Global attack shows the future of Cyber War

A cyber security expert at Charles Sturt University (CSU) believes the future of cyber warfare is here after the global 'malware' attack over the weekend.

Associate Professor Tanveer Zia, from the CSU's School of Computing and Mathematics, said the attack is a true example of the future of cyber warfare. 

"Imagine a nuclear bomb is stolen from a highly-protected government facility and used against the governments and public," Professor Zia said.

"This is how the attack emerged last Friday when hackers used stolen malicious software, or 'malware', from the US National Security Agency to infect thousands of computer systems in nearly 100 countries, including Russia, Ukraine, Spain, the United Kingdom (UK) and Taiwan. 

"High level targets have included the National Health Service in the UK, Spanish telecom Telefonica, Portugal Telecom, Russia's telecom Megafon and Interior Ministry, and FedEx in USA.

"Dubbed as the biggest cyber attack in history, the scale of the event is still being assessed. However, to date the attack has cancelled medical operations and diverted ambulances in the UK; infected 85 per cent of Telefonica computers and caused its Spanish employees to shut them down; interrupted operations in Megafon call centres; and infected around 1,000 computers in Russia's Interior Ministry."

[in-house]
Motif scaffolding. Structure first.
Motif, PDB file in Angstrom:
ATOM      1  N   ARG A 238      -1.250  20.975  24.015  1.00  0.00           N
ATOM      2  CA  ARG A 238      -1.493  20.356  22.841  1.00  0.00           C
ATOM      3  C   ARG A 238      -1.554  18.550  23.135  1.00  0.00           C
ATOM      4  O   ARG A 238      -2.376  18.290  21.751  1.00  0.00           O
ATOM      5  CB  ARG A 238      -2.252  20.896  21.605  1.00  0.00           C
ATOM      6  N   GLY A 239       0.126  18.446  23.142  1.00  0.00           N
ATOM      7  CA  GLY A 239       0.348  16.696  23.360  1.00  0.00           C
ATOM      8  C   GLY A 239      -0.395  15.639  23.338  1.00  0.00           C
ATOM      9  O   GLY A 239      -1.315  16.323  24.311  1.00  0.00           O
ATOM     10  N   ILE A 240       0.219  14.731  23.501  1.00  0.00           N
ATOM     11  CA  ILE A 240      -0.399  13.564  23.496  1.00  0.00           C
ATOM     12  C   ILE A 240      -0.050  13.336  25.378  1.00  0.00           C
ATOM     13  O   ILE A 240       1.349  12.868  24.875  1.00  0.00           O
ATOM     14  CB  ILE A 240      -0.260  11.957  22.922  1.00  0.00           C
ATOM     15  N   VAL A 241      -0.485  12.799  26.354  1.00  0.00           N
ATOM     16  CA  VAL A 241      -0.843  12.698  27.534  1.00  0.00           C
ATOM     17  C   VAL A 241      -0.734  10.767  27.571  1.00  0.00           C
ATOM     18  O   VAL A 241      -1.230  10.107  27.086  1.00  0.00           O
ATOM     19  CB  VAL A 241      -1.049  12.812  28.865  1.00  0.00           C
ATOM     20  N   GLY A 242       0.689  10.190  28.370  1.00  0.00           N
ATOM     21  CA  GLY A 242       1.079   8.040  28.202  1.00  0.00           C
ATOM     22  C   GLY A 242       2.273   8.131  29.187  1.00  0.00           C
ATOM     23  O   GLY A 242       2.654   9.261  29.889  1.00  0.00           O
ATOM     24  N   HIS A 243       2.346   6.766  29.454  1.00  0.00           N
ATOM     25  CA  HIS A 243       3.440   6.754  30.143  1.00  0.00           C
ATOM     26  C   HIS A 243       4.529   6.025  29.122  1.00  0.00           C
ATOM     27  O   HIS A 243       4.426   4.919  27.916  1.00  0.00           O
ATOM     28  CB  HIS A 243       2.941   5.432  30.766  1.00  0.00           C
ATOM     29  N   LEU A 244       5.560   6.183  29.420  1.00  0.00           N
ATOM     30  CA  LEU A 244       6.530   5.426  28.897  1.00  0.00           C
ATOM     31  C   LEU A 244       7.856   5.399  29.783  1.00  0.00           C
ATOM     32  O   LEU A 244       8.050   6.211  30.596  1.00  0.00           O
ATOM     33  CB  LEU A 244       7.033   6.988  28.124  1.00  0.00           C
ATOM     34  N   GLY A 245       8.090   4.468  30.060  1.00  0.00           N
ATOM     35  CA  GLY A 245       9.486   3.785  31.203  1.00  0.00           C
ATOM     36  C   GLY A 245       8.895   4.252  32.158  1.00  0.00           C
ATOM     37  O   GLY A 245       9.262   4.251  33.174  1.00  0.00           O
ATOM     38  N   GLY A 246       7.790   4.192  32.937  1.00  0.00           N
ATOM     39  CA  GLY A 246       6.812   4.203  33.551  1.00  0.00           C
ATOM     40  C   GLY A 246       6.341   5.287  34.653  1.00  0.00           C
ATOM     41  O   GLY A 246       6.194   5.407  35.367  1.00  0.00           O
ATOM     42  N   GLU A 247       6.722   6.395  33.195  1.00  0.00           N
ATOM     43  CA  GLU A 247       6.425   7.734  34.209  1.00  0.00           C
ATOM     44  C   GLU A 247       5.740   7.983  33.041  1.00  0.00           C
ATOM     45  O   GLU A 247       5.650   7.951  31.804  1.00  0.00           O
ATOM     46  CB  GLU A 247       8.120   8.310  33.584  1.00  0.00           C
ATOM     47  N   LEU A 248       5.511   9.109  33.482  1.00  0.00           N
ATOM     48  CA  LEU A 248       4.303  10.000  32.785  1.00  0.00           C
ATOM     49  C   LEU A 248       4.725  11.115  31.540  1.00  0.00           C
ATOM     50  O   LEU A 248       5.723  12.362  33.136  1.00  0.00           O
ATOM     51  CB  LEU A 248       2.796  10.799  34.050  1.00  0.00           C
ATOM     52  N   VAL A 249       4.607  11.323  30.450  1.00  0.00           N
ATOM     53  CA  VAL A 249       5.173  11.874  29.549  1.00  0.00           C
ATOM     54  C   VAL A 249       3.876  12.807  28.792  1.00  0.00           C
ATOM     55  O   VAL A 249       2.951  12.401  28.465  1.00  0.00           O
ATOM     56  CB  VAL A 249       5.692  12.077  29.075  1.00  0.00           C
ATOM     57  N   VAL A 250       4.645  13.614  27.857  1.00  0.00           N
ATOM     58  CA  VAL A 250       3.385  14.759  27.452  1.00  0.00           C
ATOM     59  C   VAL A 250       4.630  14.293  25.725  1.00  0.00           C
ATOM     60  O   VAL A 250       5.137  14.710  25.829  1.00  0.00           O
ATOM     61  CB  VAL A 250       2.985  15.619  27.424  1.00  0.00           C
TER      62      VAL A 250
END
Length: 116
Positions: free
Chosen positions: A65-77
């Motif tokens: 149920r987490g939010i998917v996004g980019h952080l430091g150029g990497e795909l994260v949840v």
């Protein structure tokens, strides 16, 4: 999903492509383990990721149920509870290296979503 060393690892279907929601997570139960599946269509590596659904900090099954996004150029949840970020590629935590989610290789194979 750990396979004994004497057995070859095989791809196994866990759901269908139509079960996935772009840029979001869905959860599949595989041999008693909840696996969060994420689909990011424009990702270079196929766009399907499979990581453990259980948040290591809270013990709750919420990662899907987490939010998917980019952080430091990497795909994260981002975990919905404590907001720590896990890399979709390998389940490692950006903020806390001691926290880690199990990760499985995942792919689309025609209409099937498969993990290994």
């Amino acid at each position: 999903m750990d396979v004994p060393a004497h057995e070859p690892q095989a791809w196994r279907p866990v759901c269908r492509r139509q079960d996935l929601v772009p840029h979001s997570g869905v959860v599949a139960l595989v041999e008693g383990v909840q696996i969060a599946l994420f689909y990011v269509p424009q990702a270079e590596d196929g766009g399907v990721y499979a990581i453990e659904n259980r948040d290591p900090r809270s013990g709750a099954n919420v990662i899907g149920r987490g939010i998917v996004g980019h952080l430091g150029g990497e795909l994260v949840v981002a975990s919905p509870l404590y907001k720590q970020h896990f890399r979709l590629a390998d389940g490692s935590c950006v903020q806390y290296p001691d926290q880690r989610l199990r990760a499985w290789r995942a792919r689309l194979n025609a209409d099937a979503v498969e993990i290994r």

The malware, titled 'WanaCryptor' or 'WannaCry', is a ransomware which locks a system and demands money in cryptocurrency Bitcoins to unlock the 'hostage' system.

"While few attacks have been reported in Australia, the risk is still there and our cyber security agencies need to remain vigilant.

"This is a wake-up call.

Professor Zia warns security breaches will increase in frequency and recommends computer users must have the latest operating system upgrades installed on their computers. 

"Upgrading individual machines or those in small organisations seems a simple task. It becomes administratively more complex when there are thousands of machines involved, connected to national systems.

"This makes us all responsible for global cyber security," he said.

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